Teachers are used to spotting "selective deafness" when children prefer to do things in their own sweet time or not at all. Alternatively if the child is generally well behaved and no trouble, it could be medical.
If the teacher has suggested a check up it sounds more like the latter. Your GP is playing safe and making an appointment, but I agree with you, no harm checking the behavioural side of things beforehand.
Easiest is getting DD to come for a chore then a treat. If she's elsewhere in the house preferable doing something she likes, give her a call, see how fast and willingly she responds.
Can you involve DD in making biscuits? Or something craft oriented like Christmas cards? When you start, begin by explaining what it's going to turn out like, first get her to engage in eye contact "So I know you're listening".
THEN carry out the action, step by step. If she's mixing or icing or cutting or sticking, she'll concentrate. Go to the other end of the room, say her name and ask her to stop a moment. See if she registers you are speaking. She'll want to get stuck in but has to pay you heed.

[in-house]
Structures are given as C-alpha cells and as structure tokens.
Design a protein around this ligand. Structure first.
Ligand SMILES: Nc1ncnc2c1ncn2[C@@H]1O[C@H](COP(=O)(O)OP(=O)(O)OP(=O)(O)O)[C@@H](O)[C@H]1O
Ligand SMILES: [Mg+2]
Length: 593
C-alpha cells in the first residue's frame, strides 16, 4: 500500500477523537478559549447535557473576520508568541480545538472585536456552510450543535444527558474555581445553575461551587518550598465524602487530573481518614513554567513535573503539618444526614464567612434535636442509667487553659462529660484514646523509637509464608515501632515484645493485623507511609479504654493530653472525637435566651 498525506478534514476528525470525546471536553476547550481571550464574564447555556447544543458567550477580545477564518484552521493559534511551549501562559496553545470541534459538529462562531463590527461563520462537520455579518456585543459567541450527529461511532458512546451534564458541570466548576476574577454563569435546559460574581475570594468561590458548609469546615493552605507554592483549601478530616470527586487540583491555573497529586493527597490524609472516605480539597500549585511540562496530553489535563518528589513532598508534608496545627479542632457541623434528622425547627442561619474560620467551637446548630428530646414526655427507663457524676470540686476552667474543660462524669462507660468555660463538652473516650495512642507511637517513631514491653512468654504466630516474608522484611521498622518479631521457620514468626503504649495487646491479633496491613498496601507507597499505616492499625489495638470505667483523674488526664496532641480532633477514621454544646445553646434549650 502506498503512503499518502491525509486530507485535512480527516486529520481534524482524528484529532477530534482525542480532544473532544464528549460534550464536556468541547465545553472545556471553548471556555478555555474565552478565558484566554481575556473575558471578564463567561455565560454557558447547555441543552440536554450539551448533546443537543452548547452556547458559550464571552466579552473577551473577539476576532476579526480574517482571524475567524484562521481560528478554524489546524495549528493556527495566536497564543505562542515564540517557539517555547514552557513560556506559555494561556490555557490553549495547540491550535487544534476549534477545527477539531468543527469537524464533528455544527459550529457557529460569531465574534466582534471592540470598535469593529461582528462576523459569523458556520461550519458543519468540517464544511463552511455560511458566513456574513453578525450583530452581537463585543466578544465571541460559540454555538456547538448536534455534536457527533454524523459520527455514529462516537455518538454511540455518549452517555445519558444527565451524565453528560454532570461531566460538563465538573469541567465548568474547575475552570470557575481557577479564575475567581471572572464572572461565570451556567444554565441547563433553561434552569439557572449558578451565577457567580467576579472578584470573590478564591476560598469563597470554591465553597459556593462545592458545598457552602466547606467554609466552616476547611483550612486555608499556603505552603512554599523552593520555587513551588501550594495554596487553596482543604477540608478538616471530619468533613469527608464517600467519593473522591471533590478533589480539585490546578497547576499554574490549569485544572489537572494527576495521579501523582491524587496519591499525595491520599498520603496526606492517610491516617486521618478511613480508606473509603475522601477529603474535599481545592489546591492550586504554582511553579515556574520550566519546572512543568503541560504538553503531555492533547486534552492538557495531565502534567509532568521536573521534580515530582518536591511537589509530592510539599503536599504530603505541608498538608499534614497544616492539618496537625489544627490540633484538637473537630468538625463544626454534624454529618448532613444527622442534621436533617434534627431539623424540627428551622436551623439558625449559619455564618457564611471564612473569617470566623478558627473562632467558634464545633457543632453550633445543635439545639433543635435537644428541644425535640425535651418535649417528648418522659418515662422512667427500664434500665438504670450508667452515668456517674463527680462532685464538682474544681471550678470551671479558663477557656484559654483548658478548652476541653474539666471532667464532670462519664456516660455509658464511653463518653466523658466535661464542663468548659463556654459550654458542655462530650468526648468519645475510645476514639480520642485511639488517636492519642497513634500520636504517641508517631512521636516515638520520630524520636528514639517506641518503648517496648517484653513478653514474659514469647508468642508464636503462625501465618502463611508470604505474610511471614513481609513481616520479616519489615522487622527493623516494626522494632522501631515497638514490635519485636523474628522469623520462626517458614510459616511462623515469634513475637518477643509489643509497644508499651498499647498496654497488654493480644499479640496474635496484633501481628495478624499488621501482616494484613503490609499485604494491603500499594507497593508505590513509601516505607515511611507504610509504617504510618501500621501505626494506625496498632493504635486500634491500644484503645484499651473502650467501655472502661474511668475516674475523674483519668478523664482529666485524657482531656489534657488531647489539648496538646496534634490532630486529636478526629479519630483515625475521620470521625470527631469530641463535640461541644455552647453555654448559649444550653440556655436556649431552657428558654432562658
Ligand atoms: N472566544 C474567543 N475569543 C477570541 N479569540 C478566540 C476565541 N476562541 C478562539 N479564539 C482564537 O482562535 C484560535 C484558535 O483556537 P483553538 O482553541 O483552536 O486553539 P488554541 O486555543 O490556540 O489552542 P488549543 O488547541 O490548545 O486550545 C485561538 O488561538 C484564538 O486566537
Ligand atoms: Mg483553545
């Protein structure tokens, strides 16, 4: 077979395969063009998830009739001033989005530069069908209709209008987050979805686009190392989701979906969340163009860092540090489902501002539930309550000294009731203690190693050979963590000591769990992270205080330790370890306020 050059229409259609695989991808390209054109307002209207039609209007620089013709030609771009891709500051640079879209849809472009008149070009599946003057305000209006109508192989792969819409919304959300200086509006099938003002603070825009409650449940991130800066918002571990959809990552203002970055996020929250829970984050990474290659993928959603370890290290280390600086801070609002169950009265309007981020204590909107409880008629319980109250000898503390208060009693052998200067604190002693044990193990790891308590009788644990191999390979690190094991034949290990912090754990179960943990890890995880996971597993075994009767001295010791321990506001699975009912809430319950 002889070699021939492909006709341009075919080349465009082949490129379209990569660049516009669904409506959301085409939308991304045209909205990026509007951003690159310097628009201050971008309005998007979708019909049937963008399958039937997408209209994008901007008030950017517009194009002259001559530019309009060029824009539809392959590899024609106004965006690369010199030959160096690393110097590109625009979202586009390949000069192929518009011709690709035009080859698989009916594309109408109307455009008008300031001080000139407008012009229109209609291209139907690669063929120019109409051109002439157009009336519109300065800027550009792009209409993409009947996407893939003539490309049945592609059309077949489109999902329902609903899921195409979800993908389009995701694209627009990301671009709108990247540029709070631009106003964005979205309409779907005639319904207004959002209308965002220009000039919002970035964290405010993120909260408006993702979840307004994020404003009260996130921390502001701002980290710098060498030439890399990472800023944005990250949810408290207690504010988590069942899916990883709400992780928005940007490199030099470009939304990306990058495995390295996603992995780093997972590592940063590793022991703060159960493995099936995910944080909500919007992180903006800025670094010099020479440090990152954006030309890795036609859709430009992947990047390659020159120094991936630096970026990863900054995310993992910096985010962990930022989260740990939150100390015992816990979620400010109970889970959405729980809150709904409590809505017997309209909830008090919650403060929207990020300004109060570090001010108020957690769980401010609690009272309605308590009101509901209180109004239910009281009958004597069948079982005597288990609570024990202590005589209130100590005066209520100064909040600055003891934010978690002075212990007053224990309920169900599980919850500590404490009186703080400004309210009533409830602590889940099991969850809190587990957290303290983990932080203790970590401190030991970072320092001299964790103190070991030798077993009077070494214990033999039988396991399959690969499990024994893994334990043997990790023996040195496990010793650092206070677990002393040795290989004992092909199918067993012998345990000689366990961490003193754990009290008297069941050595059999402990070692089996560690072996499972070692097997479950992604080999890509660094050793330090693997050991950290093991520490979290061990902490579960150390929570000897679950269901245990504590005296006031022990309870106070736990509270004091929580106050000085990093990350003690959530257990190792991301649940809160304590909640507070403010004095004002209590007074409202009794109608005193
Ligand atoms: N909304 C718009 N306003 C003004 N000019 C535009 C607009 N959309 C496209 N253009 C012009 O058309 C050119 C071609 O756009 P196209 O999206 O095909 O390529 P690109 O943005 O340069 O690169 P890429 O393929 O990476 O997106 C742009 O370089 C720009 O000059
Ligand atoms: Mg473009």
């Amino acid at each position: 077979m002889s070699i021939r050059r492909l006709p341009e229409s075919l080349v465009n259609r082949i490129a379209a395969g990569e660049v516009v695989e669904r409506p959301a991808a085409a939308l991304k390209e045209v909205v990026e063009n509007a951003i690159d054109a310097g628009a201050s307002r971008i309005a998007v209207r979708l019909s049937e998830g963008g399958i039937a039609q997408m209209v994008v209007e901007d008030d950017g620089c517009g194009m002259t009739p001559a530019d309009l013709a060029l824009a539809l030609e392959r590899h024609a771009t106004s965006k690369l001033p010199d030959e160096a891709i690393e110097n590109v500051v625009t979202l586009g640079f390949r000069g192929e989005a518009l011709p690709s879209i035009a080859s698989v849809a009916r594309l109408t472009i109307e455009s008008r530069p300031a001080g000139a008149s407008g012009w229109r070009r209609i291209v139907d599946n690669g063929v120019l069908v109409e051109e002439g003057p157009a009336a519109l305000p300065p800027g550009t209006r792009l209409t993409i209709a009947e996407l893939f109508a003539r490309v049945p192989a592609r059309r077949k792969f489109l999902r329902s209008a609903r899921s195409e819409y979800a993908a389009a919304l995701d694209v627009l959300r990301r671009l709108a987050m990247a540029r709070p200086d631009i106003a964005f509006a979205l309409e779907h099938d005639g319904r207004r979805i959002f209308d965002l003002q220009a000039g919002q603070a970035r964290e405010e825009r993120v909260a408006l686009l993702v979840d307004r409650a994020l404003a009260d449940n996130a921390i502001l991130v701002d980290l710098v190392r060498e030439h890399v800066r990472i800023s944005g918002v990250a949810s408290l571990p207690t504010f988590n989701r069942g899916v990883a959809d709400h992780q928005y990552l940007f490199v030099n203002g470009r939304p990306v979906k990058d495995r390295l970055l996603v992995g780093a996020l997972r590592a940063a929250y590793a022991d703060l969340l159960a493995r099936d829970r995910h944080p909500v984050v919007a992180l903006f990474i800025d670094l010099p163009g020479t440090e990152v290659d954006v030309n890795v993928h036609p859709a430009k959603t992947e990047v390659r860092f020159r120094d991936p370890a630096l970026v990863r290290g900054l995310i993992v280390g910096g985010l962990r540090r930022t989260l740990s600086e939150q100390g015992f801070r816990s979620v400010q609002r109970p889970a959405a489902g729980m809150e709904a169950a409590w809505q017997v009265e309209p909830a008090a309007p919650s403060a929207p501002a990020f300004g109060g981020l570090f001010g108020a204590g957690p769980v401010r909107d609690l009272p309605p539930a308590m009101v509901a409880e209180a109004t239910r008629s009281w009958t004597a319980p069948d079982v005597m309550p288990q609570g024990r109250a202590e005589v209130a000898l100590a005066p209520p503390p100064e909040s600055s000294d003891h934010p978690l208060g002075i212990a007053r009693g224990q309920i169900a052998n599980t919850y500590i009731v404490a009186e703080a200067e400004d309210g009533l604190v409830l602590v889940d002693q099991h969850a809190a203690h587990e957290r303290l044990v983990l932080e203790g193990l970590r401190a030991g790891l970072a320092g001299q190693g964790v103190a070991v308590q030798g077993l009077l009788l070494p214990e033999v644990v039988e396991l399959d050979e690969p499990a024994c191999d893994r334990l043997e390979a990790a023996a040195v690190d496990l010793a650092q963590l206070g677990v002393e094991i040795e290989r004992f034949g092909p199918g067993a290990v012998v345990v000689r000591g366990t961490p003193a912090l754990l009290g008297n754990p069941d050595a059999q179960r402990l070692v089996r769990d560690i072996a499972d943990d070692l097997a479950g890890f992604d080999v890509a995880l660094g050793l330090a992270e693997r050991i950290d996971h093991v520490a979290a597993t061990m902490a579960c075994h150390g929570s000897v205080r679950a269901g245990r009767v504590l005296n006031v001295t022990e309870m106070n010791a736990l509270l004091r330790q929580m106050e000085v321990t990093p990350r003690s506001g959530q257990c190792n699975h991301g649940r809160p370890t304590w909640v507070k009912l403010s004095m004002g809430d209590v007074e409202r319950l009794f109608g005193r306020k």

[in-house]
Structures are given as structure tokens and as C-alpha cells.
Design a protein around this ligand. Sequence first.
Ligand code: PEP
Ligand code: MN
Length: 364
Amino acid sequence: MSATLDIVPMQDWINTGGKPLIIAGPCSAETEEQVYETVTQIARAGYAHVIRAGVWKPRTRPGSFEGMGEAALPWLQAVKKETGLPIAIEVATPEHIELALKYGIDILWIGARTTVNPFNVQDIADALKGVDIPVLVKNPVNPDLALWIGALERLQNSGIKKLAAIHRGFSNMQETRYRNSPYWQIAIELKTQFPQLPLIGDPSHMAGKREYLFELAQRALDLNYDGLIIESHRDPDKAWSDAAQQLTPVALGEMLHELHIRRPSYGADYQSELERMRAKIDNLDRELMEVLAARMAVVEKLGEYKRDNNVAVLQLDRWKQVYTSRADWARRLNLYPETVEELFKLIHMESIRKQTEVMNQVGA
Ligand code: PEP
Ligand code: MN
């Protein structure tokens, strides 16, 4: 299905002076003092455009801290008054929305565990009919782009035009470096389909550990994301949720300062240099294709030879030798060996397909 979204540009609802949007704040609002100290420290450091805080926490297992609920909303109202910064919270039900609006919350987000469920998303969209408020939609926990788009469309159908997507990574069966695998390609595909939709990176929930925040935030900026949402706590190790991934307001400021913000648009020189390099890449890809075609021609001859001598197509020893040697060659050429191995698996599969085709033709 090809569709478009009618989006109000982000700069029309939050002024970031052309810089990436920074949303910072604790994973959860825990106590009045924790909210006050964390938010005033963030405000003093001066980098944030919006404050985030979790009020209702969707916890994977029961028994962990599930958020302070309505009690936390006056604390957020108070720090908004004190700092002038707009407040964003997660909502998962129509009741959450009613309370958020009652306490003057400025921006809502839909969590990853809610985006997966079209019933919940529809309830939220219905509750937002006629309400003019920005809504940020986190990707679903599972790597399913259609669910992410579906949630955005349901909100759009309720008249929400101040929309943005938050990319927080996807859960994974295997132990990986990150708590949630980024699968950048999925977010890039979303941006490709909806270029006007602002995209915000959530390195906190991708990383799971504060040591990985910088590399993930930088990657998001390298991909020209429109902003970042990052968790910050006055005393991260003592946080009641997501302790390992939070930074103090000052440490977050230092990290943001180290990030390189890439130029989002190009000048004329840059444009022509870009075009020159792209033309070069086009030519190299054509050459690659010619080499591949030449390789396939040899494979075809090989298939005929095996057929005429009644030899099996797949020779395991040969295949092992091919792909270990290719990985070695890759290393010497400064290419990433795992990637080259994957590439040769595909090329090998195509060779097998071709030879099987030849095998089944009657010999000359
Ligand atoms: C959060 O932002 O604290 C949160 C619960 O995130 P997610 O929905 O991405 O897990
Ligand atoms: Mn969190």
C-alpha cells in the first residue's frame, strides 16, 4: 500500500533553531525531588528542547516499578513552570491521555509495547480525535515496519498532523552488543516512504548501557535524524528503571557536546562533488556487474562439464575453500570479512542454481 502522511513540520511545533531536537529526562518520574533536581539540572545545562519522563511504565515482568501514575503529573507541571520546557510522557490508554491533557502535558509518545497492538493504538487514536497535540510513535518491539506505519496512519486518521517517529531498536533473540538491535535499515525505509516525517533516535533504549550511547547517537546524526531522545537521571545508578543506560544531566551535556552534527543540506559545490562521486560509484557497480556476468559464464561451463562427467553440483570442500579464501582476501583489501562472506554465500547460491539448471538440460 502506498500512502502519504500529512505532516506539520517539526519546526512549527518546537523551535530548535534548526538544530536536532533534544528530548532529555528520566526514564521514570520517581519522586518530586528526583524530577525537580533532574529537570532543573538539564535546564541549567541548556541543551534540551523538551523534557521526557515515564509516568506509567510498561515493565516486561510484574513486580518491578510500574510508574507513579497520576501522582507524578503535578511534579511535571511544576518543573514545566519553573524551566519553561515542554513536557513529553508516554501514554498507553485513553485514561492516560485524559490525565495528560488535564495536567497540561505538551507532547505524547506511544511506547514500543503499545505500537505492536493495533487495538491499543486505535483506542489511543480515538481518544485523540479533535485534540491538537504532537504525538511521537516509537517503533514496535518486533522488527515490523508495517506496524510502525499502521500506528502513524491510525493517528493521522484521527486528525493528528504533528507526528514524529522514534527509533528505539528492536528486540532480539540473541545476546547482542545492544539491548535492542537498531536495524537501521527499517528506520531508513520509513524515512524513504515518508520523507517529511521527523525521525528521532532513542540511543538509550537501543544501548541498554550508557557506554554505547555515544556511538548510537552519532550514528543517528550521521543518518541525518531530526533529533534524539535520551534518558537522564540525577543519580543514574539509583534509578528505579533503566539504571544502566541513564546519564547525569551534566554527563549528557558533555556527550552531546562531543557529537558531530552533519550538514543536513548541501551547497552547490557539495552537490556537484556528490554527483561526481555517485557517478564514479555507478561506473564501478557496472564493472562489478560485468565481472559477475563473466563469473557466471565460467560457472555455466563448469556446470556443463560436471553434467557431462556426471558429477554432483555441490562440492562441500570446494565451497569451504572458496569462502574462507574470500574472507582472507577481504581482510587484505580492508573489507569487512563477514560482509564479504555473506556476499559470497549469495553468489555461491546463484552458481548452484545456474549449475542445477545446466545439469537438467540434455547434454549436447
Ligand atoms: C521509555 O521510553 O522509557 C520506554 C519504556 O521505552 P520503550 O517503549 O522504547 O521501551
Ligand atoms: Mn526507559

Does DD seem to be "in her own little world' occasionally, does she come if you call her but not if you are out of sight? Can she carry a tune, do you ever turn music or tv down because she's been listening to it at a louder level on her own than anyone else?
Sometimes without realising, parents and siblings compensate for loss or reduction of hearing. DD will have been happy enough but the teacher's picked up on it amidst the hubbub of school life. Nothing to say it is a permanent problem.
So DDs teacher pulled me aside after school one day and said she thinks I should take her to the doctor to get her hearing checked because she's having some listening issues and it takes a while for her to realise her teacher is calling her name. So I took her and the GP said it might be behavioural(??) but will refer her to the hospital for a thorough hearing test just incase. We are still waiting for that appointment. But I am wondering, if it IS behavioural (which I am thinking more likely), Is there something I should/could be doing to help improve her concentration? Has any one had any experience? I am thinking it must be 'worse' then normal if her teacher felt the need to pull me back about it. TIA